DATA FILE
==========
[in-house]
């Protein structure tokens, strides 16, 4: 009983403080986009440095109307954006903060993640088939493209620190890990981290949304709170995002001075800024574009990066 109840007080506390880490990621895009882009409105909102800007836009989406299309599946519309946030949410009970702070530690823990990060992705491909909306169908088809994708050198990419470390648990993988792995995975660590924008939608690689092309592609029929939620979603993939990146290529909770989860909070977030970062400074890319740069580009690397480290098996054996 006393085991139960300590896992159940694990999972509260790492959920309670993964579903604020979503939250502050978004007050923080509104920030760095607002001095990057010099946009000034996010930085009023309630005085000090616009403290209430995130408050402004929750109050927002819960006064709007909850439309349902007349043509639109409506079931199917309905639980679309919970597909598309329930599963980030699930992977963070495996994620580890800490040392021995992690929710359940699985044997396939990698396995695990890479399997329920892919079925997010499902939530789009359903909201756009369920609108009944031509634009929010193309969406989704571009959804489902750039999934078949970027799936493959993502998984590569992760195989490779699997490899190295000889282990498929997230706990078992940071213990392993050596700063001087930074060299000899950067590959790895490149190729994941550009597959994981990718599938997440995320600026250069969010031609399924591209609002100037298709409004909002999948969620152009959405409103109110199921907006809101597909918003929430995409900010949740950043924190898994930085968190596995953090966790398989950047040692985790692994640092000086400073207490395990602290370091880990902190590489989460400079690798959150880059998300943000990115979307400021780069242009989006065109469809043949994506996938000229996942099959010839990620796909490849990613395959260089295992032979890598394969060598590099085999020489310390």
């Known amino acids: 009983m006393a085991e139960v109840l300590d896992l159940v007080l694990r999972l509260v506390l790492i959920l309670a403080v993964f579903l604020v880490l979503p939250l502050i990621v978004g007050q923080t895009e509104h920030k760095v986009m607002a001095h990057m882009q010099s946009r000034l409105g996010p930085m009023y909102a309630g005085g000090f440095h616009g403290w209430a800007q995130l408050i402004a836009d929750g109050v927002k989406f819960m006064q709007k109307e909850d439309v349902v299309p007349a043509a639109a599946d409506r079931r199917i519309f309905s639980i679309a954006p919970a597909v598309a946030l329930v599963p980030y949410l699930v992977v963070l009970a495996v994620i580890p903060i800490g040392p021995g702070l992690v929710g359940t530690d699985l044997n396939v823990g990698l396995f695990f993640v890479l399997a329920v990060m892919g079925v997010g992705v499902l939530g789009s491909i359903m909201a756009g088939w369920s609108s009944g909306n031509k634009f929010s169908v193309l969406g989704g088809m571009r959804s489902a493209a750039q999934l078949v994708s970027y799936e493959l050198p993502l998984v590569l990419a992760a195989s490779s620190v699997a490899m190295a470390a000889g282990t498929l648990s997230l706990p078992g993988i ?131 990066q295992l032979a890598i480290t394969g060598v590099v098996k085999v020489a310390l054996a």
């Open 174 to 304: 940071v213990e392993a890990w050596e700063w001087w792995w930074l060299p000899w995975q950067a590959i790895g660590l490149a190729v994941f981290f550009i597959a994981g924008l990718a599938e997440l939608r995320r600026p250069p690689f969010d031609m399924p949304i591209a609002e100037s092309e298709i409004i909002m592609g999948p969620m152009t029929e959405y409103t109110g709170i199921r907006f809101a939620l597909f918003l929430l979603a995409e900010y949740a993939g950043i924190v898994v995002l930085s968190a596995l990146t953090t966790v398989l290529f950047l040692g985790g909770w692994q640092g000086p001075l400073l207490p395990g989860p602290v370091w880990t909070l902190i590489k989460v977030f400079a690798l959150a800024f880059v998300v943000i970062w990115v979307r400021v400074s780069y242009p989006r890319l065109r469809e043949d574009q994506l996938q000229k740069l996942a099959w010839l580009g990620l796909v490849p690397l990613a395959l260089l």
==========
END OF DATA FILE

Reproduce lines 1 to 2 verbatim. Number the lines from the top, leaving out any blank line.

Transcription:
[in-house]
């Protein structure tokens, strides 16, 4: 009983403080986009440095109307954006903060993640088939493209620190890990981290949304709170995002001075800024574009990066 109840007080506390880490990621895009882009409105909102800007836009989406299309599946519309946030949410009970702070530690823990990060992705491909909306169908088809994708050198990419470390648990993988792995995975660590924008939608690689092309592609029929939620979603993939990146290529909770989860909070977030970062400074890319740069580009690397480290098996054996 006393085991139960300590896992159940694990999972509260790492959920309670993964579903604020979503939250502050978004007050923080509104920030760095607002001095990057010099946009000034996010930085009023309630005085000090616009403290209430995130408050402004929750109050927002819960006064709007909850439309349902007349043509639109409506079931199917309905639980679309919970597909598309329930599963980030699930992977963070495996994620580890800490040392021995992690929710359940699985044997396939990698396995695990890479399997329920892919079925997010499902939530789009359903909201756009369920609108009944031509634009929010193309969406989704571009959804489902750039999934078949970027799936493959993502998984590569992760195989490779699997490899190295000889282990498929997230706990078992940071213990392993050596700063001087930074060299000899950067590959790895490149190729994941550009597959994981990718599938997440995320600026250069969010031609399924591209609002100037298709409004909002999948969620152009959405409103109110199921907006809101597909918003929430995409900010949740950043924190898994930085968190596995953090966790398989950047040692985790692994640092000086400073207490395990602290370091880990902190590489989460400079690798959150880059998300943000990115979307400021780069242009989006065109469809043949994506996938000229996942099959010839990620796909490849990613395959260089295992032979890598394969060598590099085999020489310390």